Lyrebirds not only imitators but composers | Fairfield City Champion

Mate-seeking male lyres may use their mimicry to “compose” songs to serenade females during breeding season.

Research by the University of Western Sydney has found that landbirds renowned for their ability to imitate can also “compose” songs from the sounds they hear in their environment.

Lead researcher and PhD student Fiona Backhouse explains that lyrebirds are a bit like hip-hop artists, using sounds produced by other birds to compose new songs by putting them together in sequences.

Many bird species organize their songs into sequences, but little is known about the drivers of this sequence structure, including with lyrebird mimicry.

“We have established that each population has a characteristic song sequence, where individual males sing the same song sequence multiple times during the breeding season with only minor variations,” she said.

“His neighbors will sing a very similar song sequence, but there are differences between populations,” Ms Backhouse said.

On average, the study found that the similarity between the sequences a man sings was 40.7% – a figure significantly higher than expected by chance.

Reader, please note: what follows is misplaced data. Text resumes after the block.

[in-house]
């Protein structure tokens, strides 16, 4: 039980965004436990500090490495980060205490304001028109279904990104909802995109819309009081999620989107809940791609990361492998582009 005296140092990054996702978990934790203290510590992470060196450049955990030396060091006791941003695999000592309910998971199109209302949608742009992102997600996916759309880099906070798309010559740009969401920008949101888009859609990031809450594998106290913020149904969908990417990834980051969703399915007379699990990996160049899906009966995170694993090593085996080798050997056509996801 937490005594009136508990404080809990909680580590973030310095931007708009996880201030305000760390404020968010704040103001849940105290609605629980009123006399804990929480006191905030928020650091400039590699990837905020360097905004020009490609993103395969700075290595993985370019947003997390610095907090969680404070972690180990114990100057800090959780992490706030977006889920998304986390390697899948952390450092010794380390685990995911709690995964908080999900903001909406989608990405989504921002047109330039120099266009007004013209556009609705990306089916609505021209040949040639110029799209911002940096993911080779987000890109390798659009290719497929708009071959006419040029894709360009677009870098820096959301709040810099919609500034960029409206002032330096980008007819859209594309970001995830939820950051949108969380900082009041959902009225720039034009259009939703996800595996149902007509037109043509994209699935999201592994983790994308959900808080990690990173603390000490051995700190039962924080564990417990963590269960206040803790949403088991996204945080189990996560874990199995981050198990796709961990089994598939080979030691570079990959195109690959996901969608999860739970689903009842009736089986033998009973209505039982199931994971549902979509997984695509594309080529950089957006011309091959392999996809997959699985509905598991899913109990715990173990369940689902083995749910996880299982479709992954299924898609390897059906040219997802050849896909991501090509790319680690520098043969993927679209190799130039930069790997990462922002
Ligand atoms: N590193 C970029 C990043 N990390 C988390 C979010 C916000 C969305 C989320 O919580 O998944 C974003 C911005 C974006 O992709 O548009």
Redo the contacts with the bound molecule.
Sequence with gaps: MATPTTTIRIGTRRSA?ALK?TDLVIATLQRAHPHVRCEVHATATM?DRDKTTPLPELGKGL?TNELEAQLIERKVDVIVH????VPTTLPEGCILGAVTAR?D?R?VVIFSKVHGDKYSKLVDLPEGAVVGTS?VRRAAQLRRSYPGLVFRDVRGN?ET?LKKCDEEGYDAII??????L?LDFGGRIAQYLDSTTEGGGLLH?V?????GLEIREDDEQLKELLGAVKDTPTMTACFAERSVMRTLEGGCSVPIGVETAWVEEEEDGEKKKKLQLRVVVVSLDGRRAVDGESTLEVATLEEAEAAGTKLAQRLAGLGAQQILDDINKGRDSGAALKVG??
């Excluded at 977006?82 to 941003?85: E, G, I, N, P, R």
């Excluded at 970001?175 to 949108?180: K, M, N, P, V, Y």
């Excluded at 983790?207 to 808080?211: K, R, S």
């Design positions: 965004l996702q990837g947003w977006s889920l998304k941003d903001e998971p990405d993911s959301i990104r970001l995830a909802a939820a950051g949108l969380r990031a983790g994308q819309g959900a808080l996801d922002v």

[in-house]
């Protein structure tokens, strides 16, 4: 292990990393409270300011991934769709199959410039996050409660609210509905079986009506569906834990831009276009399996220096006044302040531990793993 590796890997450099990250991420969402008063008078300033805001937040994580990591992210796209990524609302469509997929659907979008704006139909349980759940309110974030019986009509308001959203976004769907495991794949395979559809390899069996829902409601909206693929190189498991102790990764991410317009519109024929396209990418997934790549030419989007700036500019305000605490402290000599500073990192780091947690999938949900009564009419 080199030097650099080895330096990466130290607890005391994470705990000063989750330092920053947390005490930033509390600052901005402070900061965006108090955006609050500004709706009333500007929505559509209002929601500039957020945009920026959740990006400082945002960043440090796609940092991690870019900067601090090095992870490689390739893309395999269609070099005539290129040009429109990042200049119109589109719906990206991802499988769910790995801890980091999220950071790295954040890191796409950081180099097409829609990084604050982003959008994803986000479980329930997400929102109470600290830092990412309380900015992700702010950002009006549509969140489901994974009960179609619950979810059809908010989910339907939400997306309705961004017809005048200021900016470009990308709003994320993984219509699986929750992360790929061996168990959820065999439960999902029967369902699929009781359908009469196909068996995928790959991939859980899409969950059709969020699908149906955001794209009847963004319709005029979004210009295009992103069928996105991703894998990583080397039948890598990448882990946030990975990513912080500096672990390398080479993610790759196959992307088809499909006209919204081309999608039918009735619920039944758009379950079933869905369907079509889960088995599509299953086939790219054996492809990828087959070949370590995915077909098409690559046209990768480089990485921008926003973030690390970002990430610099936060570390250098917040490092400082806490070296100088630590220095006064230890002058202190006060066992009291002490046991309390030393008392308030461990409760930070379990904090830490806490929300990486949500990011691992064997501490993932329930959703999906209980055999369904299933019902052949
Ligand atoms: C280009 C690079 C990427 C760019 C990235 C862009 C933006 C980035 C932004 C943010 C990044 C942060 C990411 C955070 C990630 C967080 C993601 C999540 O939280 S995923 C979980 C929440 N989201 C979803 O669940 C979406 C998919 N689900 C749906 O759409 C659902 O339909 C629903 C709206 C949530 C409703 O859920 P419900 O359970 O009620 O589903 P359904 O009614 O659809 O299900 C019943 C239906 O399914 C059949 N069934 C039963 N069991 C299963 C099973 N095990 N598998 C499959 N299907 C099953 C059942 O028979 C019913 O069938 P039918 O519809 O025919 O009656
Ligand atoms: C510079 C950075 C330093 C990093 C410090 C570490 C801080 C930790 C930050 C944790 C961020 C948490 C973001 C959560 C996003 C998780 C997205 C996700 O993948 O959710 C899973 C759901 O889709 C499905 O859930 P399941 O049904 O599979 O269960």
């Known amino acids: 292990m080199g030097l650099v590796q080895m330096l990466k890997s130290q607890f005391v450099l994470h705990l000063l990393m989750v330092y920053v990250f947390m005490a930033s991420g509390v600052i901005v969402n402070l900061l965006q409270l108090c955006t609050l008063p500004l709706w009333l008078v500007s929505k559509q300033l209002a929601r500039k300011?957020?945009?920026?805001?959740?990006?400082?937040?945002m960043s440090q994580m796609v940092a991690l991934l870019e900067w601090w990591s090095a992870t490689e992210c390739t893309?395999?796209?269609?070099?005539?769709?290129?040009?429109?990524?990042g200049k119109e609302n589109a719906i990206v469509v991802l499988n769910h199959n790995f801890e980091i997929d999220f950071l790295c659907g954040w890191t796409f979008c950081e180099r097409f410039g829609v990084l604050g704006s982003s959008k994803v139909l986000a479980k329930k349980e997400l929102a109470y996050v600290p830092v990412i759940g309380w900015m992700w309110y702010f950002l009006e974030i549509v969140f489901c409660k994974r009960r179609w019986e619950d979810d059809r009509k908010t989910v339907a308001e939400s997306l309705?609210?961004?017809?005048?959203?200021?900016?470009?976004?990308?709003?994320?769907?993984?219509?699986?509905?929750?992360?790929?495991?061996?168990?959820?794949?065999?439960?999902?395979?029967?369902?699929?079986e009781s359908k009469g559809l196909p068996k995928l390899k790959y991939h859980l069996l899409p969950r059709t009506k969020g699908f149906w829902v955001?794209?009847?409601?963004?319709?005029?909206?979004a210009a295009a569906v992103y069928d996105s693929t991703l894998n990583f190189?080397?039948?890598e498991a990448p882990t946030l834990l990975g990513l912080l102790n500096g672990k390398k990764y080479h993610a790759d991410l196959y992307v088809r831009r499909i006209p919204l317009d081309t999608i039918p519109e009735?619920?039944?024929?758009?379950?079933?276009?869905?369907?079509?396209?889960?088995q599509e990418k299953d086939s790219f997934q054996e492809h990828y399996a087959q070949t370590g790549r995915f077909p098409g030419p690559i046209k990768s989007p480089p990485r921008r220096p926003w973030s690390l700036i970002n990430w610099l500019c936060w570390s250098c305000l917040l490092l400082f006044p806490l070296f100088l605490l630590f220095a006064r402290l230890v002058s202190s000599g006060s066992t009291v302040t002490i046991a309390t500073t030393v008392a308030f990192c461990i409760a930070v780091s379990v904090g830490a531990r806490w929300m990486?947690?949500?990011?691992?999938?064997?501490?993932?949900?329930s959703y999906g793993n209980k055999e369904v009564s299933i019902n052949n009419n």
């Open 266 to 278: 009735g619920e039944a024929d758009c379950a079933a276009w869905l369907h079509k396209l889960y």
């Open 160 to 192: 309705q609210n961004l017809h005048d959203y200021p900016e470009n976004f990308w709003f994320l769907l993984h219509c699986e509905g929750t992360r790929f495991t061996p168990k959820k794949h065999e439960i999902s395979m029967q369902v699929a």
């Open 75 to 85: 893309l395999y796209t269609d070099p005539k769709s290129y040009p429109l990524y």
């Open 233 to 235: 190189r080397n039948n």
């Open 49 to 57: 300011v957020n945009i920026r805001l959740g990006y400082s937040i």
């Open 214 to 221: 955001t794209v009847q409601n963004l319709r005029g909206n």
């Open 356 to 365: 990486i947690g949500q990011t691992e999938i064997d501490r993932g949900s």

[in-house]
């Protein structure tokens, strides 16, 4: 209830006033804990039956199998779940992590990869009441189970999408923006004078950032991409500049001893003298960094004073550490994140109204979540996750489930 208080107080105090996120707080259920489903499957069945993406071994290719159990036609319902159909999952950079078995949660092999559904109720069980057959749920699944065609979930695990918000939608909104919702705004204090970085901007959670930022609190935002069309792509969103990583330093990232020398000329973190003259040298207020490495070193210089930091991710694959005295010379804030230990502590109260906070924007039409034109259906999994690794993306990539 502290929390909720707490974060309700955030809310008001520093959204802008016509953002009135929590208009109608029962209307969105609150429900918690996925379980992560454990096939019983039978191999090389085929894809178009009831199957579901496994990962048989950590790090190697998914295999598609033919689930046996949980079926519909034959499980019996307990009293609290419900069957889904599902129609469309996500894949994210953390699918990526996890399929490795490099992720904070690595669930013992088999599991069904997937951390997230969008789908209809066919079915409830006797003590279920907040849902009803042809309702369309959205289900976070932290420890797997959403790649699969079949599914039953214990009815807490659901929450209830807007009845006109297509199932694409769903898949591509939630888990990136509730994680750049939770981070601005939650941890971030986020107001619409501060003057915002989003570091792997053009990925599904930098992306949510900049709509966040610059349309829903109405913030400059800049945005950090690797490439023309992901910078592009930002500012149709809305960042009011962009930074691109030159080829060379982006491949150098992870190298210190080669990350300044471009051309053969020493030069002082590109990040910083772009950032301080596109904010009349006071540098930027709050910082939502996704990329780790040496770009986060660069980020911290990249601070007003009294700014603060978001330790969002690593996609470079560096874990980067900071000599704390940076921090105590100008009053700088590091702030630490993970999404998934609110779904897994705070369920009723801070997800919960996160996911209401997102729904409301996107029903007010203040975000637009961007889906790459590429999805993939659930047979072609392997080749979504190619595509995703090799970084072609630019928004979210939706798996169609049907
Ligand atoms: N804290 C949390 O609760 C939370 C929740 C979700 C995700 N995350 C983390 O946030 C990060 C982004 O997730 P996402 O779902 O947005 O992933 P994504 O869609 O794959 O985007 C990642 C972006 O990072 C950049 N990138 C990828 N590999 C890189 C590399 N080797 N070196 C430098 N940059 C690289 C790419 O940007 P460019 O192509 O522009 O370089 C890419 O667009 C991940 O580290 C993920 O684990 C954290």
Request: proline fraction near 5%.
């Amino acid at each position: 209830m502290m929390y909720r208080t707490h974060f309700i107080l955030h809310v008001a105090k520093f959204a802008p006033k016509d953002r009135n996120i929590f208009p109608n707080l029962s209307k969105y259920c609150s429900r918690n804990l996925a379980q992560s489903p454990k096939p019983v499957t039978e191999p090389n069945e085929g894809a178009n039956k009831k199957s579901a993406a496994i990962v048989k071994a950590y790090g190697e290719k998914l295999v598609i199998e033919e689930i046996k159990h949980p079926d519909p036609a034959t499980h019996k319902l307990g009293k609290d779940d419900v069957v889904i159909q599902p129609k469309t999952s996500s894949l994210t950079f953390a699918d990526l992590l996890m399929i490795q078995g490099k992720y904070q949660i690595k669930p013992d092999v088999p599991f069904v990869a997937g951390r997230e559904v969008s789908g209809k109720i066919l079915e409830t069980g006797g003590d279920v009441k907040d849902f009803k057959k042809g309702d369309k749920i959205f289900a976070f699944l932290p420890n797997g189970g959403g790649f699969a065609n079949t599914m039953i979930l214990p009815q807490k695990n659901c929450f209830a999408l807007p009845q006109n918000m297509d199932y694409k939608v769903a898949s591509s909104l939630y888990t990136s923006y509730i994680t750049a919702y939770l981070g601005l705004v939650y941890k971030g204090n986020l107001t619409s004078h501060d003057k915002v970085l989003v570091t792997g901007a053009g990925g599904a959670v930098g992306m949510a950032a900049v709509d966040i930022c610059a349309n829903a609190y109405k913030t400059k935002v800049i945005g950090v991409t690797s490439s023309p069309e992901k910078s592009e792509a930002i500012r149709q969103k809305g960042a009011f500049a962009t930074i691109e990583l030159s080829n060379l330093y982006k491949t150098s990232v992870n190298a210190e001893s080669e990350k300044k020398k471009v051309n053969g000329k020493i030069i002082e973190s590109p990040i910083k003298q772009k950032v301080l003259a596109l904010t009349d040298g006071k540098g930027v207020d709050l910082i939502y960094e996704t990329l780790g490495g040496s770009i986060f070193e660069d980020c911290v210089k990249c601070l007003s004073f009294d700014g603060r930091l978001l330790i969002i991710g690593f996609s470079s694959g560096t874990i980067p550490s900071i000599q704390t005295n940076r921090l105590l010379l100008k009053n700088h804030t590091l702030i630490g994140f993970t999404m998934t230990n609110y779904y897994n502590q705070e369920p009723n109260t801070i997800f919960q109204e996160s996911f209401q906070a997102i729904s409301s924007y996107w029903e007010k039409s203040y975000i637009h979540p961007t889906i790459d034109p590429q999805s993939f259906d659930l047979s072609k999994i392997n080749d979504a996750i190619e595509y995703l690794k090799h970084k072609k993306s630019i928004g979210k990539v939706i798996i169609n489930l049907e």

The study found that the lyrebirds copied sequences from their neighbors – who also copied sequences from others.

“This then provides the ingredients for a ‘phone game,’ in which changes in sequence structure evolve across the species’ range,” the study says.

“This process is similar to how geographic differences appear in human communication.”

The songs were sung with high acoustic contrast, suggesting that the sequence structure was a way to enhance perceptions of male lyrebird repertoire.

“The Lyrebirds seem to compose their song sequences to maximize drama…so that consecutive samples are as drastically different as possible.

“It seems like a great way to give the listener the best and quickest impression of the virtuosity of male mimicry.”

Previously, lyrebirds and other vocal mimicry were considered “passive” mimicry – like a recorder simply playing back what they heard.

“This research shows that lyrebirds actually use their mimicry to ‘compose’ long, complex songs, all in an effort to please their female listeners.”

The study of male Albert’s Lyrebirds in Bundjalung Country, eastern Australia, has been published in Proceedings of the Royal Society B: Biological Sciences.

Australian Associated Press

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